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The History of Fish & Chips


It’s the Friday night favourite; the dish
you can eat without using a knife and fork and its Britain’s most loved and most
popular take away. It’s fish and chips. But did you know: It
was at the beginning of Queen Victoria’s reign fried fish began being sold as leftovers
to the working classes at London’s Billingsgate market.
Alexis Sawyer, the celebrity chef of the time used to eat it with his fingers
on the way home from work. When Charles Dickens’s Oliver Twist said:
“Please sir, can I have some more?” – he could easily have been referring to
our favourite dish. Dickens mentions a fried fish warehouse in Oliver Twist. During this time fish would be served
with either bread or baked potatoes. It’s a north-south divide; debate and counterclaim
surrounds the answer to the question: “Who opened the first fish and chip shop?” Some say it was Jewish immigrant Joseph
Malin who opened one in Cleveland Street in East London. Others say it was entrepreneur John Lees
who sold fish and chips out of a wooden hut at Mossley Market in Lancashire. Fish and chips became popular as a
late-night post-pub feast for men, before becoming
the time-saving mid-day meal of factory and foundry workers, as well as a
pay-day treat for families at the end to the working week Four pence in today’s money is what it
would have cost you to sit down at the first fish and chip restaurant, owned by Sam
Isaacs in Whitechapel in London and be served
bread-and-butter and tea with your fish and chips. By 1910 there around 25,000 fish and chip
shops in Britain. Did fish and chips help to win the First World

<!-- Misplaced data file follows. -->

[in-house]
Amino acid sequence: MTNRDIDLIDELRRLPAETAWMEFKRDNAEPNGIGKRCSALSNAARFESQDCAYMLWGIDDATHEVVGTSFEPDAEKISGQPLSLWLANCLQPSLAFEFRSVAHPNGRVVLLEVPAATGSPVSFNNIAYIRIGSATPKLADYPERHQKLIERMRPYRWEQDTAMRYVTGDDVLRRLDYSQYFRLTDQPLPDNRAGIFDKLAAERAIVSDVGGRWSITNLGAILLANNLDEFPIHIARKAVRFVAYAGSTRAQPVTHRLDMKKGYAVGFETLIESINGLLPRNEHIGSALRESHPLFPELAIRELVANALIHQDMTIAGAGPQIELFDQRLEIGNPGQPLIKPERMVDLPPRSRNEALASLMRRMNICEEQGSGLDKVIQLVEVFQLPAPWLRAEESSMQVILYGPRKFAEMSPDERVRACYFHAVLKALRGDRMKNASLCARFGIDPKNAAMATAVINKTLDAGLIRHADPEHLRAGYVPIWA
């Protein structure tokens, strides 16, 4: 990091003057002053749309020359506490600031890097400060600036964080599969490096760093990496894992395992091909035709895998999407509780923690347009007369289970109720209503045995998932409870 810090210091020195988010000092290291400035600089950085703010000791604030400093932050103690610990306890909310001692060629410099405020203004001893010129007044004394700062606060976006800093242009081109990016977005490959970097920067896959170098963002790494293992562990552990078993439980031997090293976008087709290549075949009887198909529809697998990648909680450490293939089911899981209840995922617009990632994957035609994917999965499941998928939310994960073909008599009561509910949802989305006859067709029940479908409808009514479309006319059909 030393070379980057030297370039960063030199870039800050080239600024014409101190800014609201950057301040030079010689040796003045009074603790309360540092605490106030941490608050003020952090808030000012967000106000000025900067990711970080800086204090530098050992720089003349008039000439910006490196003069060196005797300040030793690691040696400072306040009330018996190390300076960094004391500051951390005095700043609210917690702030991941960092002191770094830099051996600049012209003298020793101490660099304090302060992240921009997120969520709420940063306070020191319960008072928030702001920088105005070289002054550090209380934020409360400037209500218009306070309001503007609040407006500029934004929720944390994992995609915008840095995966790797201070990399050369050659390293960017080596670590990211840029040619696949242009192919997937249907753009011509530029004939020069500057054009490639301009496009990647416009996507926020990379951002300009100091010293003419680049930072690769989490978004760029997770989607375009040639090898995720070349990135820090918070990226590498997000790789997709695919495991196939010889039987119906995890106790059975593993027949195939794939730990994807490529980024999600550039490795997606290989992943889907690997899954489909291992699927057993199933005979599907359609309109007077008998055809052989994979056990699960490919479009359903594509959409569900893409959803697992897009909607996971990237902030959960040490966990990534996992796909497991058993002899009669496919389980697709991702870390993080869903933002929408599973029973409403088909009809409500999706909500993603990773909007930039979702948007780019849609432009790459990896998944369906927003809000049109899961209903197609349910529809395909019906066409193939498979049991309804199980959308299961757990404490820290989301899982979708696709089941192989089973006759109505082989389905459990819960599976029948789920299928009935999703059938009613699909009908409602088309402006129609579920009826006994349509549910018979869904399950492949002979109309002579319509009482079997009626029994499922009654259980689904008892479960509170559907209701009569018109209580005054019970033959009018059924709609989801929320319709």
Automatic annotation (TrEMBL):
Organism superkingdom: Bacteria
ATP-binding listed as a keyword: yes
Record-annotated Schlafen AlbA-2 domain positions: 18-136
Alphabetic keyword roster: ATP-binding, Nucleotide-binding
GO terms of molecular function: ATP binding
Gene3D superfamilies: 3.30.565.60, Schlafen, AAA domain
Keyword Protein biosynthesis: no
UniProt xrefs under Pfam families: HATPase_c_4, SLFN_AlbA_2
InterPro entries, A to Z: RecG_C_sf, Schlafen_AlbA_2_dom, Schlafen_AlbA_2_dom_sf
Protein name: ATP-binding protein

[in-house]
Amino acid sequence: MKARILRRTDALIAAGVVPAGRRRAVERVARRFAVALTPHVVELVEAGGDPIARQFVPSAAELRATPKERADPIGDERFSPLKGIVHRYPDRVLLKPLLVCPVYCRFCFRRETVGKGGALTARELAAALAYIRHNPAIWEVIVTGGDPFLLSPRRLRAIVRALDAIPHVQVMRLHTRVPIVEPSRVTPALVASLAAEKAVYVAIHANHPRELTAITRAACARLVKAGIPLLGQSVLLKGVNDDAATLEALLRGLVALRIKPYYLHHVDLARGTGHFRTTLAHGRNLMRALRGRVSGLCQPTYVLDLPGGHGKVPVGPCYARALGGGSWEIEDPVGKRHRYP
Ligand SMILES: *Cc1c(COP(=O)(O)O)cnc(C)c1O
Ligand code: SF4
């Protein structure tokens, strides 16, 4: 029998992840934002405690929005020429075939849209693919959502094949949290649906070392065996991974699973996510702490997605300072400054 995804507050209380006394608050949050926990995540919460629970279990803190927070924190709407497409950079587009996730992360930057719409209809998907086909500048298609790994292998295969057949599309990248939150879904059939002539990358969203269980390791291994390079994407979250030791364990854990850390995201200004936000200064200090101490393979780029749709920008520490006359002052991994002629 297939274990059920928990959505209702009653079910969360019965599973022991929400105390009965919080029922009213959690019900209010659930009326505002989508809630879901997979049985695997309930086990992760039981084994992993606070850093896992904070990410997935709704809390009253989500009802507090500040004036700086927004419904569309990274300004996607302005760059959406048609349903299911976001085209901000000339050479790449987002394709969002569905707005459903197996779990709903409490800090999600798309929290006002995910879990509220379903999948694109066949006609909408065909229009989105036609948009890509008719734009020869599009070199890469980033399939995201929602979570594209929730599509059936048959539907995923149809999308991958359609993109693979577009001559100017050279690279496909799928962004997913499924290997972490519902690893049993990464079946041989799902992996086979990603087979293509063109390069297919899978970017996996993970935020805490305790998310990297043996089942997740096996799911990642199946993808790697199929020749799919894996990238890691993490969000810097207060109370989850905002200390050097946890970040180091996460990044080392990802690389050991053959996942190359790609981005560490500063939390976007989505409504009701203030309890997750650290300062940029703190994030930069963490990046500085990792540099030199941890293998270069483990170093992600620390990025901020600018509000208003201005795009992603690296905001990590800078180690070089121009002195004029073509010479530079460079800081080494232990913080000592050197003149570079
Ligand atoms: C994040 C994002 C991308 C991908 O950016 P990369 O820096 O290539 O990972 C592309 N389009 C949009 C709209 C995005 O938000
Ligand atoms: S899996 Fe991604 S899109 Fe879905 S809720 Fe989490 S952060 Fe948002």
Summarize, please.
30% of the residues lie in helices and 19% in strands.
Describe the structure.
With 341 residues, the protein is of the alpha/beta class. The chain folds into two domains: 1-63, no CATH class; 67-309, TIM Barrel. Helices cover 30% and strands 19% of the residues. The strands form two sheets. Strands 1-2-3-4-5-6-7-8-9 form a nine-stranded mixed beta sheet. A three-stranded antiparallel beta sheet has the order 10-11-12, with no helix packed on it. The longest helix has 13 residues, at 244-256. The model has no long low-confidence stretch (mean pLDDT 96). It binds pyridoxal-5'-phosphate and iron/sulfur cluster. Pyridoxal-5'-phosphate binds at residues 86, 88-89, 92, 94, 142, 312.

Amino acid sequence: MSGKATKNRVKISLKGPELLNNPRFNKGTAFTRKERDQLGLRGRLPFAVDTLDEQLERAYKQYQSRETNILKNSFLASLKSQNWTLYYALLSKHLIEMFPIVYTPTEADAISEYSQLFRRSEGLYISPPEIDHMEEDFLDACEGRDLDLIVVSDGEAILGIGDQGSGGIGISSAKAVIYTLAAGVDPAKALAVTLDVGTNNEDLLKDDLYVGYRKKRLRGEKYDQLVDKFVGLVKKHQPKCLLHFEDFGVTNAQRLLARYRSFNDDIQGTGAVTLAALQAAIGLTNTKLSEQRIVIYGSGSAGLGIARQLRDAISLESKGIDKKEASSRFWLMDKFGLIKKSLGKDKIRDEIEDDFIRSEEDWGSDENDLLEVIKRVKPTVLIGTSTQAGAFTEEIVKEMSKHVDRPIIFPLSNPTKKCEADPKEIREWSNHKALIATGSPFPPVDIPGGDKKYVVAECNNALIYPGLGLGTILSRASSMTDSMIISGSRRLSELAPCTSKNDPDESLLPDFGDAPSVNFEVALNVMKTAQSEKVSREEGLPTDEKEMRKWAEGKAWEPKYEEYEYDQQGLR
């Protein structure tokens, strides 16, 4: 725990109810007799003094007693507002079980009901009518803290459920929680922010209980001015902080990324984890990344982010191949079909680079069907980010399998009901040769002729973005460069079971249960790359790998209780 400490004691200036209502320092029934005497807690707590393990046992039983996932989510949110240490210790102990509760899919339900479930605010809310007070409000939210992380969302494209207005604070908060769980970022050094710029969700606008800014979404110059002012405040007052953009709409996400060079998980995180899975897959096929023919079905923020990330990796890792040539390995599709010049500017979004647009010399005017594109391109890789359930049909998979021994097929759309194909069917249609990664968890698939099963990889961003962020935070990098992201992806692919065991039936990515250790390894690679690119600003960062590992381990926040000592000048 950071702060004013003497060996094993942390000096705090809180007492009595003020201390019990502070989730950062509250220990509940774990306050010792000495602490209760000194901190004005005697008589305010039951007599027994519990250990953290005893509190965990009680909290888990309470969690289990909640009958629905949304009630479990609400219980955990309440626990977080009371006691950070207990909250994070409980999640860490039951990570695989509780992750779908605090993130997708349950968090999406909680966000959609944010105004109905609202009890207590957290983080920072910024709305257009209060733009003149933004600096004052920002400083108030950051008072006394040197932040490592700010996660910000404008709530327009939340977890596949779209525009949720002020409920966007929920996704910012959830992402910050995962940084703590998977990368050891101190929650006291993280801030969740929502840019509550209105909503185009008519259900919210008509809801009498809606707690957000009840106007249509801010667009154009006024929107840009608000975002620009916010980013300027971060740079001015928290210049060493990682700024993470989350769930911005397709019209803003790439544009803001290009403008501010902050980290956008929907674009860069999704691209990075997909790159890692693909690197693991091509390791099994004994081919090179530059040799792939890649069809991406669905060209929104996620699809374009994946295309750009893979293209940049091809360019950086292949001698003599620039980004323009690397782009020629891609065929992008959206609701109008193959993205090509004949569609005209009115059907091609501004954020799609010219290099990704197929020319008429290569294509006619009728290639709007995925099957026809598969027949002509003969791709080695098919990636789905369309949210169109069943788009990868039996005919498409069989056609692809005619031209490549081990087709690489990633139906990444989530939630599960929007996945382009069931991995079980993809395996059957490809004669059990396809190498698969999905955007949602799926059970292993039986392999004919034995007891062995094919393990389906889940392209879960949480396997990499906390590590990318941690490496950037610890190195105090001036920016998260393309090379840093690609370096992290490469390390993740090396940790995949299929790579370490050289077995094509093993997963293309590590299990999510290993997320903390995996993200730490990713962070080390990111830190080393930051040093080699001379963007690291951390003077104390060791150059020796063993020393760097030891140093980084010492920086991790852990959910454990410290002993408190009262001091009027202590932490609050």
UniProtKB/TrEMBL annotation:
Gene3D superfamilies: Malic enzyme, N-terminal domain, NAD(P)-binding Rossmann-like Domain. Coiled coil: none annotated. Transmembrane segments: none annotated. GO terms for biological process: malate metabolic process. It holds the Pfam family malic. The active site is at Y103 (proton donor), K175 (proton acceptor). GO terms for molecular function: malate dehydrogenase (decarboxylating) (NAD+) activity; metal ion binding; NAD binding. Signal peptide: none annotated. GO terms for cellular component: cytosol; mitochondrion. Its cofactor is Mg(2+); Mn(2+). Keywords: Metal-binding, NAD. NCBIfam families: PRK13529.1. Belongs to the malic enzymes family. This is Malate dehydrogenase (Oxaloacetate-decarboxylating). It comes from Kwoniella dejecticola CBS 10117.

War? It was seen as a hot, tasty
and morale-boosting meal. Prime Minister Lloyd George’s War Cabinet
recognised its importance, and because of this, safeguarded
supplies and kept prices low. In the inter-war years, two thirds of the
British wet fish caught were used to supply the growing
fish and chip industry. The number fish and chip shops reached its
peak at 35,000 Author George Orwell wrote in ‘The Road to
Wigan Pier’ that ‘fish and chips were first among home
comforts and kept the masses happy’. At this time there was a fish and chip
shop on the corner of most streets in the UK and the dish was becoming a firm favourite
for seaside day-trippers and holidaymakers. During the second world war, ministers made
sure that fish and chips were one of the few foods that
weren’t rationed. Meanwhile the deep-sea trawling industry
also played a key part during wartime, as experienced seamen were highly sought after
by the navy. Curry and spice and all things nice
– including fish and chips. During the revolution and social change in
the 1960s, take-away food blended, as Chinese and
Asian restaurants put their own version of fish and chips on the menu. Wrapped in the day’s newspaper; that’s how
people before the 80s enjoyed their takeaway fish and chips.
This ended when it was ruled unsafe for the food to come into contact with
newspaper ink. The first fish and chip awards, organised
to honour the tastiest and the best in the industry, took place in
London. Seven million portions of fish and chips are
consumed every week in the UK; 380 million portions
a year. There are 8 fish and chip shops to every McDonald’s
restaurant in the UK, and now the dish has gone global. It’s a favourite around the world and a must-have
on the bucket list for visitors to the UK. [Music plays]

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